In March of 2001, the family of a 102-year-old gentleman residing in a local Buffalo nursing home contacted the University at Buffalo. The cause for their inquiry rested in the fact that this gentleman repeatedly fell from his wheelchair while attempting to transfer to and from his chair. His family needed to find a solution to this problem before he was seriously injured. The fact that he was 102 years young augmented the need for finding a solution to this obvious problem, and finding it quickly. The situation had reached a state of urgency due to the fact that he was no longer strong enough to engage his wheelchair's locks completely or would sometimes forget to try.
Personnel of the University at Buffalo's Center for Assistive Technology fielded the initial inquiry by the family, but knowing of no product available in the marketplace to address their need, they forwarded the inquiry to Jim Leahy, Project Manager for the T2RERC's Supply Push Technology Transfer project. The Supply Push Project's mission is to facilitate the introduction of new products and technologies into the marketplace benefiting persons with disabilities.
In an initial competitive product search, Jim and his team were unable to identify any automatic wheelchair braking systems that would prevent a wheelchair from rolling both forwards or backwards during user transfers. However, he believed this issue was important so rather than cease his team's search, he took it to the next level and had his team perform an internet patent search through the US Patent and Trademark Office's web site for the type of device needed.
Through this search, the Supply Push team was able to identify a newly issued patent on an automatic braking system for manual wheelchairs that would address this gentleman's problem. The patent was issued to an Indiana resident who happened to be a regional operating officer for 10 nursing homes in the Indiana and Illinois area. He had observed firsthand the need for this type of device and had invented it to address the needs of the residents in his nursing homes. He had only a crude prototype but it worked and was a valid proof of concept model.
Knowing the need for this device, Jim forwarded a Device Intake Package to the inventor for submission of his device to the T2RERC for commercialization assistance. Once the inventor had completed the submission package and forwarded it along with his working prototype to the T2RERC, Jim's Supply Push team went to work. The Supply Push team conducted its standard marketing, technical, and consumer evaluations on the device. Consumers, evaluating the device, immediately embraced it while the technical review revealed a significant need for refining the prototype before it could be submitted to potential licensing companies.
In conjunction with the inventor, the T2RERC went about redesigning the braking system. Upon completion of the redesign, the inventor was so impressed by the work the T2RERC had done, he requested the T2RERC make 10 copies of the new system so he could purchase them for use at his facilities. He donated one of the 10 units to the gentleman whose need had started the whole process.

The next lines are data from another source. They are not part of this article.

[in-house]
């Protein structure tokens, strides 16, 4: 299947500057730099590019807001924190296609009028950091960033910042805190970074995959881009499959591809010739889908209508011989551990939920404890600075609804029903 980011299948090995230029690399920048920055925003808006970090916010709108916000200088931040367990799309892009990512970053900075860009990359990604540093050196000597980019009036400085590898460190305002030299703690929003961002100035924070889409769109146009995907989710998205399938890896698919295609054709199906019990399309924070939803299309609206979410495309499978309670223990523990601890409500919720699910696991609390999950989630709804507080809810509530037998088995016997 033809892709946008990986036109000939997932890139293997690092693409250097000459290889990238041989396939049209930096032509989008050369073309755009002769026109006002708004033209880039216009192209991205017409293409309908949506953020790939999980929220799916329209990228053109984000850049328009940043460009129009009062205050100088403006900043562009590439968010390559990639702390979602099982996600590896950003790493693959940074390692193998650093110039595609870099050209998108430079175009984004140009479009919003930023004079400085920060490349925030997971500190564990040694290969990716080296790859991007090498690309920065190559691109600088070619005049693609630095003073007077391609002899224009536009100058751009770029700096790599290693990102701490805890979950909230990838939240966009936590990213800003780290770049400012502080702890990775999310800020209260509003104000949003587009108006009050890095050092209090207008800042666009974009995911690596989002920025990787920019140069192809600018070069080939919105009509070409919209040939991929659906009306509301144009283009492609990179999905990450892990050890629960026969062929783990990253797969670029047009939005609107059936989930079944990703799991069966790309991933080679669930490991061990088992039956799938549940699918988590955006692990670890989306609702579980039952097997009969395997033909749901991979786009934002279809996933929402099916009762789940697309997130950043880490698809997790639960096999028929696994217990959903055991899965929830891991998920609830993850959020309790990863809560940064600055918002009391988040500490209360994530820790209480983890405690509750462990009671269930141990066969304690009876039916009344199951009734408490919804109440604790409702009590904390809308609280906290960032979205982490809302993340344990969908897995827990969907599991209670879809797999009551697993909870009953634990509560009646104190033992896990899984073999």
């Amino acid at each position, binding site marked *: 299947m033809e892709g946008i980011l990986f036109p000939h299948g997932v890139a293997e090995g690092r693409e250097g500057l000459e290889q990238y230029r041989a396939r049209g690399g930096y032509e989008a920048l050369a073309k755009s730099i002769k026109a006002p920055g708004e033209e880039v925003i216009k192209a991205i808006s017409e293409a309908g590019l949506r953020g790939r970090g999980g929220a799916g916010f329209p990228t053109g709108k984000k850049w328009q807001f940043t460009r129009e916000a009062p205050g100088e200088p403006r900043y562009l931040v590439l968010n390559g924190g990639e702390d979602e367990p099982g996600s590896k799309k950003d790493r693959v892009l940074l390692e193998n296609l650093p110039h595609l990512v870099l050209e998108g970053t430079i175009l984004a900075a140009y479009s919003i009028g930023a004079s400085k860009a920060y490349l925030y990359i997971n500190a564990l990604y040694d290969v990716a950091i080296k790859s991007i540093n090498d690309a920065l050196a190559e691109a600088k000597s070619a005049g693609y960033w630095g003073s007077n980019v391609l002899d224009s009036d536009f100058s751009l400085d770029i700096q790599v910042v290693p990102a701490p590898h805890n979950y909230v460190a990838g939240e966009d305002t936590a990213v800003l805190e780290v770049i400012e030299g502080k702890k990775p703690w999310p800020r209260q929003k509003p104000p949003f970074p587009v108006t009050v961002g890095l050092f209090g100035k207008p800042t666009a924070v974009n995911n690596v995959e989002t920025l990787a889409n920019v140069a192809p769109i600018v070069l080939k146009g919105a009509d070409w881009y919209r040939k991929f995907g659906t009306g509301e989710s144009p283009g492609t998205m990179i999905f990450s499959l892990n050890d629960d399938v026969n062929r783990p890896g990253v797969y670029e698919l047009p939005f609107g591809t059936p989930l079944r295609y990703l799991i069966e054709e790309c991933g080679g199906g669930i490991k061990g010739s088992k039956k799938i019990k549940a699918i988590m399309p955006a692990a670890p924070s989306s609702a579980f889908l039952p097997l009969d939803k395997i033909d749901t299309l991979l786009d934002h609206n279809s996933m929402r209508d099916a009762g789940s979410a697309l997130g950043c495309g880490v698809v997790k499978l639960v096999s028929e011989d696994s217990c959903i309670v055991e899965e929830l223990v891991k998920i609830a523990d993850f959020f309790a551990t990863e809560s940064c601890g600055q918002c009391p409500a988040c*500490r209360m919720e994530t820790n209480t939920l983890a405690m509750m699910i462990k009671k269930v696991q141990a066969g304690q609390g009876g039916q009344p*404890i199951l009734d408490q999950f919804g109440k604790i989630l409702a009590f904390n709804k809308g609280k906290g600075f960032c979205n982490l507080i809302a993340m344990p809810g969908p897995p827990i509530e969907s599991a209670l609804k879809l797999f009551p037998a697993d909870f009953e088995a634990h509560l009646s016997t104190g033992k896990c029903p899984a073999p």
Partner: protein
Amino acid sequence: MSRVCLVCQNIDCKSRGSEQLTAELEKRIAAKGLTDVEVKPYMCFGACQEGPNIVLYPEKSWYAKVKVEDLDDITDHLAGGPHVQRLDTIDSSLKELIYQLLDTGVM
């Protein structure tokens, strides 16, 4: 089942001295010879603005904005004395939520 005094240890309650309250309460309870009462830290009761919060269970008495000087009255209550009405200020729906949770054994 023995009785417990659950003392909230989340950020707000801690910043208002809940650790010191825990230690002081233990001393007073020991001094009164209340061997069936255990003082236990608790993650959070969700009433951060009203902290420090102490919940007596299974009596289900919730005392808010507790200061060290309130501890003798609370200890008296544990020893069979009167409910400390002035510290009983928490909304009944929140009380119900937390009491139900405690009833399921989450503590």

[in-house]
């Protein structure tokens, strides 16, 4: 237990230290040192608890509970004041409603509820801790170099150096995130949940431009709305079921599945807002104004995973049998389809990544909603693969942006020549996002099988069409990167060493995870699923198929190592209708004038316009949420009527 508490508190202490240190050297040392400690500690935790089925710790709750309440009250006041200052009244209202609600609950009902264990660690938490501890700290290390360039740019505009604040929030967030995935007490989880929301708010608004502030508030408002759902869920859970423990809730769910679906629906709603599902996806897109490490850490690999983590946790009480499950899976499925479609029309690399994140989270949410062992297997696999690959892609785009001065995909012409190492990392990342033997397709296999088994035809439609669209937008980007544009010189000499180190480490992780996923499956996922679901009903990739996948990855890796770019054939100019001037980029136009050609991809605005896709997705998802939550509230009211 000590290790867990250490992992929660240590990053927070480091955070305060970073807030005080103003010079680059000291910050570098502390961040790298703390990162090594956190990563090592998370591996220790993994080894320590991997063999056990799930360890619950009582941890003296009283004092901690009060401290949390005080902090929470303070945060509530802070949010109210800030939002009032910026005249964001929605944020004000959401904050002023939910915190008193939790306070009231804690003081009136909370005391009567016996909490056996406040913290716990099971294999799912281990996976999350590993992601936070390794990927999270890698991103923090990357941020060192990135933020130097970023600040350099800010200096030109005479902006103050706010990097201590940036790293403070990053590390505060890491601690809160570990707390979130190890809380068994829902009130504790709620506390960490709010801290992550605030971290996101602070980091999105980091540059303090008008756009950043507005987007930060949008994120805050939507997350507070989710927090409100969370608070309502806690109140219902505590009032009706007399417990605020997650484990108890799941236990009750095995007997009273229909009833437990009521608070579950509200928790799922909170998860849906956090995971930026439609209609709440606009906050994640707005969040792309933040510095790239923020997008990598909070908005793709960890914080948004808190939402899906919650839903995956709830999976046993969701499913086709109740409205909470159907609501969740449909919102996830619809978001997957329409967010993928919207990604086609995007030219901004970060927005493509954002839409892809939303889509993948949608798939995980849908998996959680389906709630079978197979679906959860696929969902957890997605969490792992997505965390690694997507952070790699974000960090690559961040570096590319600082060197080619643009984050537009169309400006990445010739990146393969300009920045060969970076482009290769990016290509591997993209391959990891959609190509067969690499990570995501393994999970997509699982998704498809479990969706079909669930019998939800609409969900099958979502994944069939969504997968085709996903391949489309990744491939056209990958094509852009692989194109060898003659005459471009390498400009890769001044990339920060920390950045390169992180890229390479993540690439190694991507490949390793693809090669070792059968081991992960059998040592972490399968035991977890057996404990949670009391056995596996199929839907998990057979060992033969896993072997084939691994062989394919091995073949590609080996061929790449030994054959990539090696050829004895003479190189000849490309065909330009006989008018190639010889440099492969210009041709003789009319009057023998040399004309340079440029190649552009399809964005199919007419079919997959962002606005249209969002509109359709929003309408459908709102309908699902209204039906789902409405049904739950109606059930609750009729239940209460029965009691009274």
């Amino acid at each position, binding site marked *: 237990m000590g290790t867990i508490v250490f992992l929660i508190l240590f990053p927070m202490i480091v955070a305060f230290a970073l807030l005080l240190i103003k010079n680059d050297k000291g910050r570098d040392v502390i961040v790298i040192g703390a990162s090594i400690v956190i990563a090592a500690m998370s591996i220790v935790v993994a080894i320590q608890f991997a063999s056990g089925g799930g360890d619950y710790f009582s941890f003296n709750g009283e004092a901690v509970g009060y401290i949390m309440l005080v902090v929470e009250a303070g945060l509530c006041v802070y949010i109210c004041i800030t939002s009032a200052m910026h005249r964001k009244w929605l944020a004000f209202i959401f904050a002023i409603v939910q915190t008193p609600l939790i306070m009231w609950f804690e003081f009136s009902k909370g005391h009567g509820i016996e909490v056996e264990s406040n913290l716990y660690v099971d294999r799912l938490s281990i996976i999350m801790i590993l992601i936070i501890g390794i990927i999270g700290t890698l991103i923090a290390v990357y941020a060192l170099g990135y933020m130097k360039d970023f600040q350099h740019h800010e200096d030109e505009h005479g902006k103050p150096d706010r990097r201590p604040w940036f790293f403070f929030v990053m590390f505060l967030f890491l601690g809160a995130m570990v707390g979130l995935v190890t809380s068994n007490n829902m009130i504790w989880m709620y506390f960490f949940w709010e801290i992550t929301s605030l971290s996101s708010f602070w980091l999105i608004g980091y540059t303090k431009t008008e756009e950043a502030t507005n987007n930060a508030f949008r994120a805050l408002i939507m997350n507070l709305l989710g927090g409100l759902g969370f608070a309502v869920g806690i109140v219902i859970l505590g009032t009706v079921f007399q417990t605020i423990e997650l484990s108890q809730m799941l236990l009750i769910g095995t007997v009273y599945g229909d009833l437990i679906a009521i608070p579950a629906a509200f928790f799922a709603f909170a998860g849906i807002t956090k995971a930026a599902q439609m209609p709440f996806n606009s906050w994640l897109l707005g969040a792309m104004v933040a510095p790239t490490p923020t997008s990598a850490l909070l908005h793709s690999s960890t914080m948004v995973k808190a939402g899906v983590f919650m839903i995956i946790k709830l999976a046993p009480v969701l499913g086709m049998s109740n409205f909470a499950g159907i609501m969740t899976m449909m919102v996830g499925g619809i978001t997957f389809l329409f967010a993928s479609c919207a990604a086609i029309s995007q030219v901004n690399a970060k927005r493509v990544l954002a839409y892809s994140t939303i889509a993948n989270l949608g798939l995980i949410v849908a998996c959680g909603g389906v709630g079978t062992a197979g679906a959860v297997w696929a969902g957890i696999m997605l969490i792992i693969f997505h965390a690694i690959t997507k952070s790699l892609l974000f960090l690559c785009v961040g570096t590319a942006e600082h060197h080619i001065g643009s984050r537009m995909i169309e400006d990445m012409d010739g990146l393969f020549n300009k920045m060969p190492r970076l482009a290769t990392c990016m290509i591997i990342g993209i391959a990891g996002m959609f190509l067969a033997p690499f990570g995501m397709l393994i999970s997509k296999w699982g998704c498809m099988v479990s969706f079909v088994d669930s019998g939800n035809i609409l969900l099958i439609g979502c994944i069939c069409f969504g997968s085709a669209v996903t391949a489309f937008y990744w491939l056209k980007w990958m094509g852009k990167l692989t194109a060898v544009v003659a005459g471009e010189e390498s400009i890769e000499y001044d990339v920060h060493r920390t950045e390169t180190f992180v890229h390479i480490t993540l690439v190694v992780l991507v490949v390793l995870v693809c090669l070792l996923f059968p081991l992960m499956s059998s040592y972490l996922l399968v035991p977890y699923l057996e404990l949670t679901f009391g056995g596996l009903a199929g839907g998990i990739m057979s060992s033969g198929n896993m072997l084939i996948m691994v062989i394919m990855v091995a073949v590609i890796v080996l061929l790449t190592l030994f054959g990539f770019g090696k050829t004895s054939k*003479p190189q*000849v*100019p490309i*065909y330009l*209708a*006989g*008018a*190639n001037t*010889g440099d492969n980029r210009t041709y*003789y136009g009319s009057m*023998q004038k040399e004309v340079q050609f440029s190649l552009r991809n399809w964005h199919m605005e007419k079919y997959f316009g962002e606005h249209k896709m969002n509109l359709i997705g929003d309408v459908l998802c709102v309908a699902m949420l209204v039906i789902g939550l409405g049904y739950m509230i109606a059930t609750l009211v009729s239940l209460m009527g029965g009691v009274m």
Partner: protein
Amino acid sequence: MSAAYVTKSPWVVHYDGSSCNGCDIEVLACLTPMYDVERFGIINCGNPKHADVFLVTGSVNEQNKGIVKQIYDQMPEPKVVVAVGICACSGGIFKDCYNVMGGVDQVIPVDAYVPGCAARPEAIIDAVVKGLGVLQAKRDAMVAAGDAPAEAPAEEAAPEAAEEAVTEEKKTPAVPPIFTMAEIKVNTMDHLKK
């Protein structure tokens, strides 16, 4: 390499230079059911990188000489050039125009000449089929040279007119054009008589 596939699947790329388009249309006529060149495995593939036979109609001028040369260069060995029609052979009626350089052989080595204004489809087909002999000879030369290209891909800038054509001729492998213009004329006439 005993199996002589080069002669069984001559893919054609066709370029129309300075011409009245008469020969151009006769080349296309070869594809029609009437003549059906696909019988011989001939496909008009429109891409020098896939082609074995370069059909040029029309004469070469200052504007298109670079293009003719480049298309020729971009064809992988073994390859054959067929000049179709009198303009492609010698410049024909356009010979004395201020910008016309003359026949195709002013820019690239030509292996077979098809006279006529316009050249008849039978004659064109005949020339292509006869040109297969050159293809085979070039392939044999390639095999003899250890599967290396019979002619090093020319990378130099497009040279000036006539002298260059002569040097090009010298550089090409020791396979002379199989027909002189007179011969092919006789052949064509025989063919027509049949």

Now armed with a refined prototype, the T2RERC went about compiling a detailed commercialization package of consumer, marketing and technical information that it could present to prospective licensing companies. Jim Leahy then made contact with major wheelchair manufactures and began presenting the device concept to them. Sunrise Medical immediately showed an interest. However, they wished to be in a position of distributing the product but not actually manufacturing it. Sunrise also wanted additional refinements to the system prior to their purchase of it. Again, in conjunction with the inventor, the T2RERC undertook another redesign of the system. Upon completion of this redesign, Sunrise immediately ordered 25 units from the inventor.
Now armed with a potential distribution outlet, the T2RERC staff decided to show the product at the 2002 Medtrade Conference and Exposition in Atlanta, Georgia. Prior to this show, Alimed, Inc had shown an interest in manufacturing the device and was very keen on having a close-up examination of the UpStop Wheelchair Braking System. Alimed was exhibiting at Medtrade and used that opportunity to examine the device and gauge interest from potential buyers of the device.
Based on the results of that show and the work performed by the Supply Push team of the T2RERC, Alimed, Inc licensed the UpStop Wheelchair Braking System from the inventor. It is scheduled for introduction in the Summer of 2003.
The UpStop is a newly patented braking system for manual wheelchairs. The UpStop automatically engages a set of brakes separate from the wheelchair's standard wheel locks when the occupant begins to exit, thus preventing the wheelchair from rolling forwards or backwards.
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